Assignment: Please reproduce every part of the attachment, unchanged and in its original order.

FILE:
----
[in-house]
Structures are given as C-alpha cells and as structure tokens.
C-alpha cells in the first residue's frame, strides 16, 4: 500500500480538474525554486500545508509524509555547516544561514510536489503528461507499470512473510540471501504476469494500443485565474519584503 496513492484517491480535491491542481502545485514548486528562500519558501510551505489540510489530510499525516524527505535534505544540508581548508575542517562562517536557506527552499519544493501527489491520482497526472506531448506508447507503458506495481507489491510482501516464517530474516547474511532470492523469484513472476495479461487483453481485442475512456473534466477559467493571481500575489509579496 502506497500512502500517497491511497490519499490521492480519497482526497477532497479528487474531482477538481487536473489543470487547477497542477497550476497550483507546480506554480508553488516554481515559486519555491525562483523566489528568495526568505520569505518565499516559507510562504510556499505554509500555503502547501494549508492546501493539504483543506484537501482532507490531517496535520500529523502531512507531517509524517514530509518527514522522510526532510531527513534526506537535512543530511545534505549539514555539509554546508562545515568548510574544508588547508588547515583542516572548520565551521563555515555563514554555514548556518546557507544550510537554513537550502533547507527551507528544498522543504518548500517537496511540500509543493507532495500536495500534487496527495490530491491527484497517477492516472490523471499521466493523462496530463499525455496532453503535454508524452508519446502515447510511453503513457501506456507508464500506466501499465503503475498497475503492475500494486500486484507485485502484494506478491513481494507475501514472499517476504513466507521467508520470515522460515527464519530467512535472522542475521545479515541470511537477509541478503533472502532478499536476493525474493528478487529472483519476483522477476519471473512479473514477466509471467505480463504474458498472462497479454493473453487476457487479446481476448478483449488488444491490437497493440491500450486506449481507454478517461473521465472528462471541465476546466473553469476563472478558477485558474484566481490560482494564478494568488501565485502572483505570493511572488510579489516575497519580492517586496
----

[in-house]
Structures are given as C-alpha cells and as structure tokens.
C-alpha cells in the first residue's frame, strides 16, 4: 500500500480538474525554486500545508509524509555547516544561514510536489503528461507499470512473510540471501504476469494500443485565474519584503 496513492484517491480535491491542481502545485514548486528562500519558501510551505489540510489530510499525516524527505535534505544540508581548508575542517562562517536557506527552499519544493501527489491520482497526472506531448506508447507503458506495481507489491510482501516464517530474516547474511532470492523469484513472476495479461487483453481485442475512456473534466477559467493571481500575489509579496 502506497500512502500517497491511497490519499490521492480519497482526497477532497479528487474531482477538481487536473489543470487547477497542477497550476497550483507546480506554480508553488516554481515559486519555491525562483523566489528568495526568505520569505518565499516559507510562504510556499505554509500555503502547501494549508492546501493539504483543506484537501482532507490531517496535520500529523502531512507531517509524517514530509518527514522522510526532510531527513534526506537535512543530511545534505549539514555539509554546508562545515568548510574544508588547508588547515583542516572548520565551521563555515555563514554555514548556518546557507544550510537554513537550502533547507527551507528544498522543504518548500517537496511540500509543493507532495500536495500534487496527495490530491491527484497517477492516472490523471499521466493523462496530463499525455496532453503535454508524452508519446502515447510511453503513457501506456507508464500506466501499465503503475498497475503492475500494486500486484507485485502484494506478491513481494507475501514472499517476504513466507521467508520470515522460515527464519530467512535472522542475521545479515541470511537477509541478503533472502532478499536476493525474493528478487529472483519476483522477476519471473512479473514477466509471467505480463504474458498472462497479454493473453487476457487479446481476448478483449488488444491490437497493440491500450486506449481507454478517461473521465472528462471541465476546466473553469476563472478558477485558474484566481490560482494564478494568488501565485502572483505570493511572488510579489516575497519580492517586496